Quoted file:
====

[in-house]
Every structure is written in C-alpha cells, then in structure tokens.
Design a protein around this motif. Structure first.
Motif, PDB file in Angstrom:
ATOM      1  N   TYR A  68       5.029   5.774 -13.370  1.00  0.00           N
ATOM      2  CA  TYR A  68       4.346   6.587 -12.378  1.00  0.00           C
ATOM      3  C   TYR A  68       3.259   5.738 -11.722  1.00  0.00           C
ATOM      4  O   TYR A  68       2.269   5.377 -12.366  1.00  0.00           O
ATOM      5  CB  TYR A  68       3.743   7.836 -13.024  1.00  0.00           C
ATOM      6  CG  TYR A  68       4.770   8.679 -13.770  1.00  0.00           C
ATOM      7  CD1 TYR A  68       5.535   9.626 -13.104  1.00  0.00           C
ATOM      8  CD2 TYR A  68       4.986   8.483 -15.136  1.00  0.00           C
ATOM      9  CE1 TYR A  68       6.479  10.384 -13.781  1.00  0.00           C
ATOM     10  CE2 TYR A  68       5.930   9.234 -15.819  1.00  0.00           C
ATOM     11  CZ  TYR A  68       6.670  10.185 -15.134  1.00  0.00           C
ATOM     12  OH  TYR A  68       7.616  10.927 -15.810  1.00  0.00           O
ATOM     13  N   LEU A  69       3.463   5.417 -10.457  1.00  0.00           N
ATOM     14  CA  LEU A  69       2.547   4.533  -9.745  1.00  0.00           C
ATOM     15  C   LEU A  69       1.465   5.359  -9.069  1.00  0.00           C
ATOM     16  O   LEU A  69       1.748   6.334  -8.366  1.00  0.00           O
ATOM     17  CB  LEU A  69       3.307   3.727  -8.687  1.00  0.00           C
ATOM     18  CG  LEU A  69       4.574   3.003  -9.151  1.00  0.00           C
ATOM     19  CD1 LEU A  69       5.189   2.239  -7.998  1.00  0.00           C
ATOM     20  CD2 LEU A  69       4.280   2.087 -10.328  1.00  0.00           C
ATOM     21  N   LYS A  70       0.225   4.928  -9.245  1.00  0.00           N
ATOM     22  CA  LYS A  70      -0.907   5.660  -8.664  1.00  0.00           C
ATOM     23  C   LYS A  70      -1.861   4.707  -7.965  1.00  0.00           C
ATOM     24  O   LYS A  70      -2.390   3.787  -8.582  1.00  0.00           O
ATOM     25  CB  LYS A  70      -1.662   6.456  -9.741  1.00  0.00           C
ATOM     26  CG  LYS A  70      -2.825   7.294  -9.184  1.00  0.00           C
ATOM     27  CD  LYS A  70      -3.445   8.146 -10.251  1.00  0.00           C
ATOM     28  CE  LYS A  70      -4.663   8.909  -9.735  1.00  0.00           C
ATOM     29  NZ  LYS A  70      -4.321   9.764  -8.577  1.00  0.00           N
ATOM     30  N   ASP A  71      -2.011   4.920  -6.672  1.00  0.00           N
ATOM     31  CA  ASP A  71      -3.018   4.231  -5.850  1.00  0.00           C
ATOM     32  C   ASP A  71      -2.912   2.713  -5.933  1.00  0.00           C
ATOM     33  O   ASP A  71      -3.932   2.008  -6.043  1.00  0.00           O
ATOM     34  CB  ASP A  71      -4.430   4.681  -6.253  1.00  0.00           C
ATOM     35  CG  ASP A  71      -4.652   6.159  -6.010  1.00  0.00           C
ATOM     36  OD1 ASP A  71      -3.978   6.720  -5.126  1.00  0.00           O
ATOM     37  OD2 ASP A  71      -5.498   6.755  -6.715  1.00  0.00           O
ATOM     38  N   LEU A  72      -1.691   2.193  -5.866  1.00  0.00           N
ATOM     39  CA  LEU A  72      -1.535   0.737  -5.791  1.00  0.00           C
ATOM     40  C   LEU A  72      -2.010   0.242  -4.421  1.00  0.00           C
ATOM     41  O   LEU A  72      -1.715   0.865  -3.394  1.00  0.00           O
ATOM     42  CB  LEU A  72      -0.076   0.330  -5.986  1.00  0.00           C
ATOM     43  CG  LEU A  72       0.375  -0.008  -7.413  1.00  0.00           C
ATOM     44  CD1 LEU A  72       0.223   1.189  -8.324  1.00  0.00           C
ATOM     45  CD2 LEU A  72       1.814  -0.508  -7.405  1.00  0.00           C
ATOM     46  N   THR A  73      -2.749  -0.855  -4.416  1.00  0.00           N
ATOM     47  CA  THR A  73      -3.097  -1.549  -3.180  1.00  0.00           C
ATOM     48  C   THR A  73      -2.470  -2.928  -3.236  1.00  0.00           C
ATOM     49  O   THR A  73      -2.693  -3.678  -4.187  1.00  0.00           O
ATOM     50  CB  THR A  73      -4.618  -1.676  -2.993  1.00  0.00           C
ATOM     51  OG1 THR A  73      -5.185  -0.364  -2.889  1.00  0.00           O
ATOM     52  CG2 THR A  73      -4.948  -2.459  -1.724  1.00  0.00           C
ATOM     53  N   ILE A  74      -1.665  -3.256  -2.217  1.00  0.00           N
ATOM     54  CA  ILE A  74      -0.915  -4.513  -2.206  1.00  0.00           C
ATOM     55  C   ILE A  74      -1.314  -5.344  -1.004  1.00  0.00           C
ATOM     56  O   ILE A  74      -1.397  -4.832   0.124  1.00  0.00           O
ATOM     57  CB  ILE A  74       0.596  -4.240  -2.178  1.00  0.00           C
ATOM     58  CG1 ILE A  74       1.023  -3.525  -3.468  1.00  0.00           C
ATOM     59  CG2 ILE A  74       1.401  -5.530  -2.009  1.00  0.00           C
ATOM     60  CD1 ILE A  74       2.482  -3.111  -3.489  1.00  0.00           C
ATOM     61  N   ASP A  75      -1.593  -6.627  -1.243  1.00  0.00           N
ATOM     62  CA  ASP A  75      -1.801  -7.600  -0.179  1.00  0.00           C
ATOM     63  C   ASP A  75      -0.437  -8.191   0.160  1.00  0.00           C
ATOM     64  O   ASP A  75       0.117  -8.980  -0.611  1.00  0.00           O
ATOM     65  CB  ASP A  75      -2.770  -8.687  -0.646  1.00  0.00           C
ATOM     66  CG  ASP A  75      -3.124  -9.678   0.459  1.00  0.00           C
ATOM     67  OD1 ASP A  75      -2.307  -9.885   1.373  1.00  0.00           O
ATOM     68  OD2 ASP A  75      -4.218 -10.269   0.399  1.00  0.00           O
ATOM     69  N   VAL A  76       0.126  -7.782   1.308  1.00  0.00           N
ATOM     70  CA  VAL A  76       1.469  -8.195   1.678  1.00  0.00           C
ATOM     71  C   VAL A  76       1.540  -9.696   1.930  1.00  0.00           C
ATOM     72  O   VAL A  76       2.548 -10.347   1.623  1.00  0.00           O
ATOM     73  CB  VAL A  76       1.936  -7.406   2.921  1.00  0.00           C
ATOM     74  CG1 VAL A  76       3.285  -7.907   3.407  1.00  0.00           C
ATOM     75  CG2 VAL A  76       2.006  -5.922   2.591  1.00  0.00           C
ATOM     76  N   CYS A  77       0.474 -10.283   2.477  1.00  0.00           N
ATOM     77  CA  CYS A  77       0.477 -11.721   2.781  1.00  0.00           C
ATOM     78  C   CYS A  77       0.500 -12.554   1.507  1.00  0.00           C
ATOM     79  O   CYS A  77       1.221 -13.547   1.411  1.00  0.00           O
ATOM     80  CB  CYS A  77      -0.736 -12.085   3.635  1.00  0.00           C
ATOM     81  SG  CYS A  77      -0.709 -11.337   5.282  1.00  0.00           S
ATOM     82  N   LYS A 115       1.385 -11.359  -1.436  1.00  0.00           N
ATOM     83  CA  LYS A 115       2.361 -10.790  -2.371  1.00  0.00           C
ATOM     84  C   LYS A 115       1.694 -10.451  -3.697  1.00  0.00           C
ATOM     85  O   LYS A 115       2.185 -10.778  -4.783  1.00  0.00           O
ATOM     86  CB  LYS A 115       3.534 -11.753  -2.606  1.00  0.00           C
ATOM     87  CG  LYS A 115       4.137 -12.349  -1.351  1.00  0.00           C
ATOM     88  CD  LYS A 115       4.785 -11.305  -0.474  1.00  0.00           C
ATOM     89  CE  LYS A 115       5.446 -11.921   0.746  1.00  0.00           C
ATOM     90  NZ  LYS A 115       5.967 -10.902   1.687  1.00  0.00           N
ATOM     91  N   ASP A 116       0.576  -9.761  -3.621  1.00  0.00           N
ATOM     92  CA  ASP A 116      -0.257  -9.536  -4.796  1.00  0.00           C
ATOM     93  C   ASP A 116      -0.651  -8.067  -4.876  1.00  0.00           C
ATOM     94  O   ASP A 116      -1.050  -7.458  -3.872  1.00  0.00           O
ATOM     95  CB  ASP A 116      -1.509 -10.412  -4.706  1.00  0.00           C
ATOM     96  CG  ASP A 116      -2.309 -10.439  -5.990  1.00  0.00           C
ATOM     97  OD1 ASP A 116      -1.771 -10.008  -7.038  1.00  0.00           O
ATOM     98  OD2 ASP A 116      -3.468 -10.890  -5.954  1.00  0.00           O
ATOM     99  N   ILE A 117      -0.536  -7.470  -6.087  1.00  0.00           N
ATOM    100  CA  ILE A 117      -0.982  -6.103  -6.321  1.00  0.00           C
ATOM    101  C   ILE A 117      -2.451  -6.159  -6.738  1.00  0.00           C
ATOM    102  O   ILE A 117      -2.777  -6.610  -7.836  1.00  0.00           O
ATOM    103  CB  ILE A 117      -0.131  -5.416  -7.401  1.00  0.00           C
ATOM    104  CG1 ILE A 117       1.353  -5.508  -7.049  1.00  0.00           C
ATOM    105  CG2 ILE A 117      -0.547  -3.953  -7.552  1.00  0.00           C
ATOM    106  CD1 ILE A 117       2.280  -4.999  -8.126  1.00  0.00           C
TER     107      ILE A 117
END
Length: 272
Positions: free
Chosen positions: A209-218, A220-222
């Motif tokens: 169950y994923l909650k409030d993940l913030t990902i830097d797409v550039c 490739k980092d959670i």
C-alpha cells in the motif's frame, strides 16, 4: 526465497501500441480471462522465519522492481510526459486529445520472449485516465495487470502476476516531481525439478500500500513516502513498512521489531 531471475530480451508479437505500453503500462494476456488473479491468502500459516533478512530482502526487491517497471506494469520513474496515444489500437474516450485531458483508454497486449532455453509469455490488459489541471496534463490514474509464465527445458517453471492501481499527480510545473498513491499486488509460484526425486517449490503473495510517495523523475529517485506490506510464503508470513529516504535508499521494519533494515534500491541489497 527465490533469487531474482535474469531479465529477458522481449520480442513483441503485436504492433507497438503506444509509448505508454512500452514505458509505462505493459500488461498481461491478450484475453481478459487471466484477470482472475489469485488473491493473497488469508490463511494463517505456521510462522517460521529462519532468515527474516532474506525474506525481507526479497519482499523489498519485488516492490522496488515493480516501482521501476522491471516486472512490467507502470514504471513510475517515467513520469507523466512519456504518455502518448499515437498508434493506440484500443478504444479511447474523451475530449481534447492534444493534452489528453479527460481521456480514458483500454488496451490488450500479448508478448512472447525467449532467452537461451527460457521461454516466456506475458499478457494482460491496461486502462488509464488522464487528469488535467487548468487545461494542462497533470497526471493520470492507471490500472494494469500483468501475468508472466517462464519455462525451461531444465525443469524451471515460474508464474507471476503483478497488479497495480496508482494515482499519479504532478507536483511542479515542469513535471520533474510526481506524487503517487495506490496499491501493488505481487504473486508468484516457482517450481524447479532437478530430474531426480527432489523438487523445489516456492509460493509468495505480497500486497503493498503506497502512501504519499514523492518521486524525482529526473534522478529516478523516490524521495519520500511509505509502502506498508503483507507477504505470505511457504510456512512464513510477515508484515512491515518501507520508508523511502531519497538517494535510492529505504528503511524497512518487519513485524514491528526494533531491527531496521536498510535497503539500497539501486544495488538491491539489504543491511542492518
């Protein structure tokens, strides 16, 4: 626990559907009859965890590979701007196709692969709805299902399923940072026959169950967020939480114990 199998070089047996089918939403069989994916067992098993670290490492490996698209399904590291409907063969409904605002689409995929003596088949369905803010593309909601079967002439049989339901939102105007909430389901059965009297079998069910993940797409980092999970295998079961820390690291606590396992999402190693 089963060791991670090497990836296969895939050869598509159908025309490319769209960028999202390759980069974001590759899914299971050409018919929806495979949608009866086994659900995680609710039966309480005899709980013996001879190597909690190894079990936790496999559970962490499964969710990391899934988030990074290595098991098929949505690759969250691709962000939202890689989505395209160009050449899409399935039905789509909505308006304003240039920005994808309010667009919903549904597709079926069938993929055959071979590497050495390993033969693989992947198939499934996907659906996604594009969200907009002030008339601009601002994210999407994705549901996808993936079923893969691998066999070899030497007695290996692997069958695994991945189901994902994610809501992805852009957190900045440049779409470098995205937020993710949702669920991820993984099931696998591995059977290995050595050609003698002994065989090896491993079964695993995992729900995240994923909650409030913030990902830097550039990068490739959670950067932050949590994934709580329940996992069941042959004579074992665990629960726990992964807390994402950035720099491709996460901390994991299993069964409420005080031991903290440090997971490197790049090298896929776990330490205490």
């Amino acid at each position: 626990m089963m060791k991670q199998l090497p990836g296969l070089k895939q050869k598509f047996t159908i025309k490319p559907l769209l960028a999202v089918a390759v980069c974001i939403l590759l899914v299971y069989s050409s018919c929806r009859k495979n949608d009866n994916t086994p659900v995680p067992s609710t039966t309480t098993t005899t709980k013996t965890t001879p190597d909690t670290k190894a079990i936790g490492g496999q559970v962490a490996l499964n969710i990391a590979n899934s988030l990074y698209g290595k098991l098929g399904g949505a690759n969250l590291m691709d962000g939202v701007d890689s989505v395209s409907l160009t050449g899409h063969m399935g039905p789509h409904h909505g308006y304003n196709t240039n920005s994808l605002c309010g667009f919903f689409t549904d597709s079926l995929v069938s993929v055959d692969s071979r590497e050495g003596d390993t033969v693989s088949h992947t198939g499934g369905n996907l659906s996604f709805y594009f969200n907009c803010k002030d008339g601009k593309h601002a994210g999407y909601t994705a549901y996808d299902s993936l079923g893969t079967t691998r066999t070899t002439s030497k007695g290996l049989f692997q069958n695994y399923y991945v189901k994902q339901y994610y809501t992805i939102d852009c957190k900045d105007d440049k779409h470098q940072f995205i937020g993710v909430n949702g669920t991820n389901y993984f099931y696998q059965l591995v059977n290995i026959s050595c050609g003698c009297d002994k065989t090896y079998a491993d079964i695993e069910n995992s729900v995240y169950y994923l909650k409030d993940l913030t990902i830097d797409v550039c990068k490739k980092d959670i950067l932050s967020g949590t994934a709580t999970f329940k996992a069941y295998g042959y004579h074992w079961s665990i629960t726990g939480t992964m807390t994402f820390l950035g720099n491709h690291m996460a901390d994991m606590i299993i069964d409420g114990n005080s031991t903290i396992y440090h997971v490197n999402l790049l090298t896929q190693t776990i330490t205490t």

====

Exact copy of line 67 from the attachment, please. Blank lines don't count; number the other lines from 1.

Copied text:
ATOM     63  C   ASP A  75      -0.437  -8.191   0.160  1.00  0.00           C